Timber

Large-scale, intensively-managed and even-aged tree monocultures for timber production have been expanding onto communities’ fertile lands. They have destroyed forests and grasslands, especially in Latin America, Asia, and East and Southern Africa. The species used are exotic and fast-growing. They include varieties of eucalyptus, pine and teak trees.

The Argentinian government continues to subsidize industrial tree plantations, now as a policy against climate change as well. From dispossession and land appropriation, to deforestation and more forest fires, pine trees are devastating territories and communities.

Suzano was present at the 2021 UN climate negotiations for one main reason: to promote tree plantations as a ‘solution’ to climate change, under the name of ‘nature-based solutions’. It aims to profiteer ever more from the so-called climate policies.

Tupinikim indigenous leaders, in Brazil, share the experience of their people in the struggle against one of the largest eucalyptus plantation and pulp production companies in the world, Aracruz Celulose – currently named Suzano Papel e Celulose.

Green Resources Tanzania Limited (GRL)claims to offer solutions to climate change through planting monoculture trees. This wrong and misleading claim hides the reality on the ground: land grabbing, deforestation, destruction of grasslands and much social harm.

On the frontlines of the promotion of monoculture tree plantations as a solution to the climate crisis, families affected by tree plantations in Mozambique, Tanzania and Brazil, have once again denounced the serious impacts on their lives and the environment.

More than 10,000 people have been evicted to make way for the UK-registered New Forests Company (NFC)’s tree plantations, which are established and financed under the carbon market framework.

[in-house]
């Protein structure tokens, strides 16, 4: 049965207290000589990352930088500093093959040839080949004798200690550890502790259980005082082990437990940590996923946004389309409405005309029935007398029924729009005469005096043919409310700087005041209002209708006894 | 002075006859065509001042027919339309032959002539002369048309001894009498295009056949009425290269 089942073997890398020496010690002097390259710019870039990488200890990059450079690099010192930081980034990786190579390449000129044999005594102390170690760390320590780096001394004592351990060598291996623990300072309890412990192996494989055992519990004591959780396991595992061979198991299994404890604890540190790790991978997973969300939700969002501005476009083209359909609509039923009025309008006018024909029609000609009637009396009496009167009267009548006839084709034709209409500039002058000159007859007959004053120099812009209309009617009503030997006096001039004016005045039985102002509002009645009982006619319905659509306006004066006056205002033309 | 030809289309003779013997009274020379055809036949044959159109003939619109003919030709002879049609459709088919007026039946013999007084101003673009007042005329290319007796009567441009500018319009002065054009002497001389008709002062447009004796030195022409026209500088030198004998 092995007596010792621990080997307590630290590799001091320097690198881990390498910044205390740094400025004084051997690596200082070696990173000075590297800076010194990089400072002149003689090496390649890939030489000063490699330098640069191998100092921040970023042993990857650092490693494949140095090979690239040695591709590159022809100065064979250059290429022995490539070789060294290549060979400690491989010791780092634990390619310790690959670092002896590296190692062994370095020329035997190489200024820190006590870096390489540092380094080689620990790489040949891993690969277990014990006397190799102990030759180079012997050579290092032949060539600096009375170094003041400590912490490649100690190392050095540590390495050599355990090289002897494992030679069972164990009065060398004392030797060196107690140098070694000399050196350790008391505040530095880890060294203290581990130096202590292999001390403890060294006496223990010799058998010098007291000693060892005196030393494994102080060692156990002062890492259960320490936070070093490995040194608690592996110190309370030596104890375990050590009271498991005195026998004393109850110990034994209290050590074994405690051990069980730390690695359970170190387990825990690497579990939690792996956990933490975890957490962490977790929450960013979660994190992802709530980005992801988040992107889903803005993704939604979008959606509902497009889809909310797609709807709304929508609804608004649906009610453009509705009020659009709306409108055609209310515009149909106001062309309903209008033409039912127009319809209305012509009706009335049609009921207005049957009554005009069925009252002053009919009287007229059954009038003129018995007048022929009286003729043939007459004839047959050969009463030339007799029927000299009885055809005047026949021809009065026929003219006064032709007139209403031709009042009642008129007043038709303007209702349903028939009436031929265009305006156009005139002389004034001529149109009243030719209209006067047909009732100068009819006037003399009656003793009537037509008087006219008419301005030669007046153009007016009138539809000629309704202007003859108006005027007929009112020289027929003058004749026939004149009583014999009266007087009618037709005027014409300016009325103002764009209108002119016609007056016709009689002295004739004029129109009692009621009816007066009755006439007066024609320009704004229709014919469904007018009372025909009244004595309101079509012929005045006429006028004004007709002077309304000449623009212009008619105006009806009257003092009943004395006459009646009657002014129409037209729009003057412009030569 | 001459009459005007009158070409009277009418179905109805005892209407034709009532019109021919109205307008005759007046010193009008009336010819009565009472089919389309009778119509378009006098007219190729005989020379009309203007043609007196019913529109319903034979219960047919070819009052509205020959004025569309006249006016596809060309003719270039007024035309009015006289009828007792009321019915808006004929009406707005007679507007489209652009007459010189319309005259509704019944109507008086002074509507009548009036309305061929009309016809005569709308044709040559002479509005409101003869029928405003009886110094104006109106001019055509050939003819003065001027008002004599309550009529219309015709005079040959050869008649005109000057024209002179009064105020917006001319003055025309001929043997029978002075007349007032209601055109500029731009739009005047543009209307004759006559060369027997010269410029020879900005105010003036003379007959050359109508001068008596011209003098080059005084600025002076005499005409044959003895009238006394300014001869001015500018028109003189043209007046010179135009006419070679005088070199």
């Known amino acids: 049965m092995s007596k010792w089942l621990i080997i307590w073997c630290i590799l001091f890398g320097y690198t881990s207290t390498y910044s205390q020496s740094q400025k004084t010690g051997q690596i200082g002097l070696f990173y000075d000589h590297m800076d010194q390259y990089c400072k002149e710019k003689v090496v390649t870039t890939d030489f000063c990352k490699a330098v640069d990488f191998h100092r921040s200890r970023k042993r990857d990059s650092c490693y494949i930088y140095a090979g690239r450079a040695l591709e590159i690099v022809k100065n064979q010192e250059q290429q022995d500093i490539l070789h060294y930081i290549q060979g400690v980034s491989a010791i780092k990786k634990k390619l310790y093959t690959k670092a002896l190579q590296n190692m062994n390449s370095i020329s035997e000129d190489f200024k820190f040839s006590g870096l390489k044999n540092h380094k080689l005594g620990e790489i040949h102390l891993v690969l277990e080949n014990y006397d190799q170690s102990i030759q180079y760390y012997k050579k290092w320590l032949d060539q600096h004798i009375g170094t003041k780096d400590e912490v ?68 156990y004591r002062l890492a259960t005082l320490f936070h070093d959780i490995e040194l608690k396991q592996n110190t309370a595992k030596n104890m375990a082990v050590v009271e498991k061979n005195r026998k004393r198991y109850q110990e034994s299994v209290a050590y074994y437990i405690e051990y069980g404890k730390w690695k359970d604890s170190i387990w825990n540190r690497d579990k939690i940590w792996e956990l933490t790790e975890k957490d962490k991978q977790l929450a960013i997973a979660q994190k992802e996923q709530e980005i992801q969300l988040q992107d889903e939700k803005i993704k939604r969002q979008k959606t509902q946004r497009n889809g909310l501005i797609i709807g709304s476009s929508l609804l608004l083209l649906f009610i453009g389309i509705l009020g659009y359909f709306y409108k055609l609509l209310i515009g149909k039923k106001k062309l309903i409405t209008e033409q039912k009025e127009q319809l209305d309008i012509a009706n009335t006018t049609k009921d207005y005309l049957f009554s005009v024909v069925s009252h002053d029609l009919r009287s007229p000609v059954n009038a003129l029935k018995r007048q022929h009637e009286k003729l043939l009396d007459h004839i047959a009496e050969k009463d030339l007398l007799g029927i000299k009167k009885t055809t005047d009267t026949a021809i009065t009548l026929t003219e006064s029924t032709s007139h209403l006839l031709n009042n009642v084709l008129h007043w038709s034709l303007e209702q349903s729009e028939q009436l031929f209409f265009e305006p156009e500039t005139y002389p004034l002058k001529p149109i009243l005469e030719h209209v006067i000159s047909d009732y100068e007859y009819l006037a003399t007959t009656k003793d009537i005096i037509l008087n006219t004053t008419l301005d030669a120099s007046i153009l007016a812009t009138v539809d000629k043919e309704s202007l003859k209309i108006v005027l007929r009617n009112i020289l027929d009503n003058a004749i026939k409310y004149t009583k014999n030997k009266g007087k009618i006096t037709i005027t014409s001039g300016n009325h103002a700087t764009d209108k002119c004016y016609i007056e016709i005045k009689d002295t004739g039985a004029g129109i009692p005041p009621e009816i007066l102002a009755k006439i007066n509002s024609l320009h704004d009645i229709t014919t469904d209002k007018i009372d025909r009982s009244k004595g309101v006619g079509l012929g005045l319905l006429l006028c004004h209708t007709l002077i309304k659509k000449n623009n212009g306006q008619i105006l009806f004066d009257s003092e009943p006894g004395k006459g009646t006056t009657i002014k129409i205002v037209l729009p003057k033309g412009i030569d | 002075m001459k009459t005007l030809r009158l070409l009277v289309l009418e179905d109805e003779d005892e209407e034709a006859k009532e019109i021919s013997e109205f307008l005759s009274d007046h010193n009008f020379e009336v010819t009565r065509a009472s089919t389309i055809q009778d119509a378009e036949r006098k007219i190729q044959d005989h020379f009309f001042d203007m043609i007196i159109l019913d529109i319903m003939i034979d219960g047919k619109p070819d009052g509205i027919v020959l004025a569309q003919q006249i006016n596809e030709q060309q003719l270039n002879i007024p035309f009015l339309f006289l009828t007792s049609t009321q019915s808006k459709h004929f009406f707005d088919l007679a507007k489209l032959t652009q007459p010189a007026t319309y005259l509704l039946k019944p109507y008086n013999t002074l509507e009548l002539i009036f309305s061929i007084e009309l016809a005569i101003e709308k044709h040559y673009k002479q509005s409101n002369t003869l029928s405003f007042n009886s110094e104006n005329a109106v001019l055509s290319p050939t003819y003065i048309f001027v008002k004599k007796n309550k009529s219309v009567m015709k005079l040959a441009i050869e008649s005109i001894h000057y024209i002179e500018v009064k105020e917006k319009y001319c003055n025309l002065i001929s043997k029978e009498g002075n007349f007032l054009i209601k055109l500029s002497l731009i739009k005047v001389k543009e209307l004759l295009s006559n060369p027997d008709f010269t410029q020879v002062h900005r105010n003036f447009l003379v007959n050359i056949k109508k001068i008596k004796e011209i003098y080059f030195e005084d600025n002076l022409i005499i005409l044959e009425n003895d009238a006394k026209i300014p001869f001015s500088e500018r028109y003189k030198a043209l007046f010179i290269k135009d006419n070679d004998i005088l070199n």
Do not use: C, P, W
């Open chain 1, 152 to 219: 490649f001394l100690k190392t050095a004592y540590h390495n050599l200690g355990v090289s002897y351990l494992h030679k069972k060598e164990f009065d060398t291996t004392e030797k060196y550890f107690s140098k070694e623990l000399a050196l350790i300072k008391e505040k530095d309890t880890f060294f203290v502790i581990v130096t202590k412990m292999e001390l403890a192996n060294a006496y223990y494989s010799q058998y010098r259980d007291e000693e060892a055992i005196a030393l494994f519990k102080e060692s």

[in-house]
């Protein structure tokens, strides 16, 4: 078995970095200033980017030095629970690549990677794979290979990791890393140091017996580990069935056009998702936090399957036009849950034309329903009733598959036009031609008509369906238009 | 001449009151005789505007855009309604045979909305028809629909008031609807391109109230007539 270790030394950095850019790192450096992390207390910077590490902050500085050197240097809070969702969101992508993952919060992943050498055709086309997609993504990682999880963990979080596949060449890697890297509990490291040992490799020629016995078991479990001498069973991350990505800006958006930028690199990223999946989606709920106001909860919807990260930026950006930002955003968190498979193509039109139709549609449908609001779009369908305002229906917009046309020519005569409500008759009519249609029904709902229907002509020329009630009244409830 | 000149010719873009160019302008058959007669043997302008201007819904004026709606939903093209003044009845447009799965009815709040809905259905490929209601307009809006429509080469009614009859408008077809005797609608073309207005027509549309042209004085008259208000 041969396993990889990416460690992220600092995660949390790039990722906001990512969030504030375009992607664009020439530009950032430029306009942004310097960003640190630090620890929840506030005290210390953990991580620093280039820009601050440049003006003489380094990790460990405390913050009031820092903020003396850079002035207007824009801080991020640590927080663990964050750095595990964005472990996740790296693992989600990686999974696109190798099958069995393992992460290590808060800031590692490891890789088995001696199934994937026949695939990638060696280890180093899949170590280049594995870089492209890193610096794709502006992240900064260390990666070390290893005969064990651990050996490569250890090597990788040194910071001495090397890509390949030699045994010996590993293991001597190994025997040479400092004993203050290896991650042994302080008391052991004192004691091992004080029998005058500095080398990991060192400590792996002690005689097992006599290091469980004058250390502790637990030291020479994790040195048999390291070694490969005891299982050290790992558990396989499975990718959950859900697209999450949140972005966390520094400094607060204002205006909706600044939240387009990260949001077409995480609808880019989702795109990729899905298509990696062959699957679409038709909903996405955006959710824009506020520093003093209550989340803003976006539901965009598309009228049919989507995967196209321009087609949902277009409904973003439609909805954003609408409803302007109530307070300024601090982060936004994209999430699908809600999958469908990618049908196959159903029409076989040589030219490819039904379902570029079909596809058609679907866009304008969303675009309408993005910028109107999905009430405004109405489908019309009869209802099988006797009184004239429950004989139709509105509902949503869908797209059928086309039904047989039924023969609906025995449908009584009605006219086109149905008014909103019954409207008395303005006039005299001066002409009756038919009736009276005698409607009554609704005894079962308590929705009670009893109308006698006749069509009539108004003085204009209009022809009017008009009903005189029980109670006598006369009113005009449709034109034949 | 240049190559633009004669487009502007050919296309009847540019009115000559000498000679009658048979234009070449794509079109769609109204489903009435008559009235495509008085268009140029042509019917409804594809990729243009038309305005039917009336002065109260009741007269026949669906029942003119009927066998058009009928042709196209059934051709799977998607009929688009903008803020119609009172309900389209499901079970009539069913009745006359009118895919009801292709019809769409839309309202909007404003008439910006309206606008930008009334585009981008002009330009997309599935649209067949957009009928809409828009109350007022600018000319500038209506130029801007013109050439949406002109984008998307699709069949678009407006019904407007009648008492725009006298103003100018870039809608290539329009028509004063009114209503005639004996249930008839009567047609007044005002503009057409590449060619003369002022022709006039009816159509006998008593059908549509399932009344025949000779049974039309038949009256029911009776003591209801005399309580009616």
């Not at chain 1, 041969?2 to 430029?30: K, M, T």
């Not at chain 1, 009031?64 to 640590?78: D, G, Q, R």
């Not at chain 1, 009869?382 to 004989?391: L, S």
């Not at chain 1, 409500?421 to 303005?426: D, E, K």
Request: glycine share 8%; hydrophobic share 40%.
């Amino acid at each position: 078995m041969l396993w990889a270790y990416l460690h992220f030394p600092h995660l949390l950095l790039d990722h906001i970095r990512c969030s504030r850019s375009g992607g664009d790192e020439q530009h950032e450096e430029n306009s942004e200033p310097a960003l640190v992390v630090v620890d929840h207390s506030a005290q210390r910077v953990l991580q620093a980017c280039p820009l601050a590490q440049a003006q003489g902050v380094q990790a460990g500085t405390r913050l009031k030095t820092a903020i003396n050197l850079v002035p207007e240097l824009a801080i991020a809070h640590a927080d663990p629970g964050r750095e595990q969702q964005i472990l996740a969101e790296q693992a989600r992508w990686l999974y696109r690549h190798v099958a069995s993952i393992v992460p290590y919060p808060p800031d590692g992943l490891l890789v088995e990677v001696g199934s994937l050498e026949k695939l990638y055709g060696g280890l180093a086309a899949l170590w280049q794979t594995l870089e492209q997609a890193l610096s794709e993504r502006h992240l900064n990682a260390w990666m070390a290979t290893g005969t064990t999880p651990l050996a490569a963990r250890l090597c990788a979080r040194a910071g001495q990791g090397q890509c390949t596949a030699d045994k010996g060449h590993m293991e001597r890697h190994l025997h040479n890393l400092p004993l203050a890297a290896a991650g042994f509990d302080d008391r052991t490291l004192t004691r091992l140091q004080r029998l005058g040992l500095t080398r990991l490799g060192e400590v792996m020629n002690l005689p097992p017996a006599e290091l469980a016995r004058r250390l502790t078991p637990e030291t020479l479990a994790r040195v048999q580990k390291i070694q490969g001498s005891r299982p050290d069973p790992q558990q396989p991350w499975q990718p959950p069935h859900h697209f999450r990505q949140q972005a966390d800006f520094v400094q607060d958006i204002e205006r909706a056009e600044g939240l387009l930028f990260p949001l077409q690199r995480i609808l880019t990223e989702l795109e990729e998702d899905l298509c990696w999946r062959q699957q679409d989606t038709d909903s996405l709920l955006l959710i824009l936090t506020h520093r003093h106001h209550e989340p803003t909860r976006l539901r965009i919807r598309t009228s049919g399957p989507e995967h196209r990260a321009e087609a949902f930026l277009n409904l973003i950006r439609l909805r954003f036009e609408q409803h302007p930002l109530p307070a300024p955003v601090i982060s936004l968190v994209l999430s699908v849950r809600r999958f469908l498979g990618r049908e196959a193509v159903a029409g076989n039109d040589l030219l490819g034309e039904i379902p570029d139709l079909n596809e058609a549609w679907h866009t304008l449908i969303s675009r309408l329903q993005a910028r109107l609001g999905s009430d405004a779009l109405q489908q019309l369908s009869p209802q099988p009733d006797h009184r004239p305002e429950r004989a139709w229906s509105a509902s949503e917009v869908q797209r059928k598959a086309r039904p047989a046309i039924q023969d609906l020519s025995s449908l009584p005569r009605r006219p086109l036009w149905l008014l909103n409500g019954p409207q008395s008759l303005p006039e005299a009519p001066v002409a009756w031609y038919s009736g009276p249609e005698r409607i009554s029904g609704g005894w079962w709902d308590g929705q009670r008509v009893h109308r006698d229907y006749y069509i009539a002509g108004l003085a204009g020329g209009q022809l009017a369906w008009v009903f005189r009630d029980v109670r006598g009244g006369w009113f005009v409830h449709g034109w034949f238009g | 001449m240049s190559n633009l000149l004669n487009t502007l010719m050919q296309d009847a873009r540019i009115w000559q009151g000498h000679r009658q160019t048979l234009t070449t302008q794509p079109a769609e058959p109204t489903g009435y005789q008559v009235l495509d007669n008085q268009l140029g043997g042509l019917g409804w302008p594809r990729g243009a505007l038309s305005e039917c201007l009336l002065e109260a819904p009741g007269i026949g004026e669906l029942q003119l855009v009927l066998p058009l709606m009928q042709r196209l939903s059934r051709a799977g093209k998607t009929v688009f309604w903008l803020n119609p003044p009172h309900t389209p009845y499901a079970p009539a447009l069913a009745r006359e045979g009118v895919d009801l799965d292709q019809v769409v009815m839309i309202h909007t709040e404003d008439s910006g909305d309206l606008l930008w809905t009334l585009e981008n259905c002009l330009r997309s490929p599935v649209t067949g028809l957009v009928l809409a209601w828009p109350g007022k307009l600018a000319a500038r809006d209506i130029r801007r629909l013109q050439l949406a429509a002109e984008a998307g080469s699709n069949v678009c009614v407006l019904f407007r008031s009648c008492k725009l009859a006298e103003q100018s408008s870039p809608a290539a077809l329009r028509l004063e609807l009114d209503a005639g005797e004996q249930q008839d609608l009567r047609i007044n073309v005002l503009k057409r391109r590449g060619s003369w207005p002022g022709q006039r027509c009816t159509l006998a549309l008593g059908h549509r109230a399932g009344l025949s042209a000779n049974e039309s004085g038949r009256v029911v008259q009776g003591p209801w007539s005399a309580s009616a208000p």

Suzano, the world’s largest producer of eucalyptus pulp, is seeking to intensify its operations with so-called ‘green bonds’ as a way to finance its expansion projects.

Land grabbing in Brazil is a clear example of organized crime, of land theft from small farmers.

The government of Indonesia endorsed the criticized Omnibus Law by saying that it is “crucial to attract investment and ultimately create jobs.” The Law is a direct attack on the territories and communities resisting the increasing destruction that has been ongoing for decades in Indonesia. (Available in Indonesian).

In June 2019, a report from the AfDB and WWF Kenya made a call to development-funding agencies, mainly from Europe, and the World Bank, to provide aid money to a new Fund for financing 100,000 hectares of (new) industrial tree plantations, to support the potential development of 500,000 hectares, in Eastern and Southern Africa.

The large-scale plantations from UK-based New Forests Company (NFC) have meant violence for thousands of residents from Mubende, Uganda. More than 15 years after the company began its operations, affected communities still confront the long-lasting and severe damages.

Several of Sappi’s plantations have been converted from pine to eucalyptus trees without authorization. Data obtained in over 75 years to verify timber plantations’ water use demonstrate that eucalyptus trees use 30 to 50% more water than pine trees.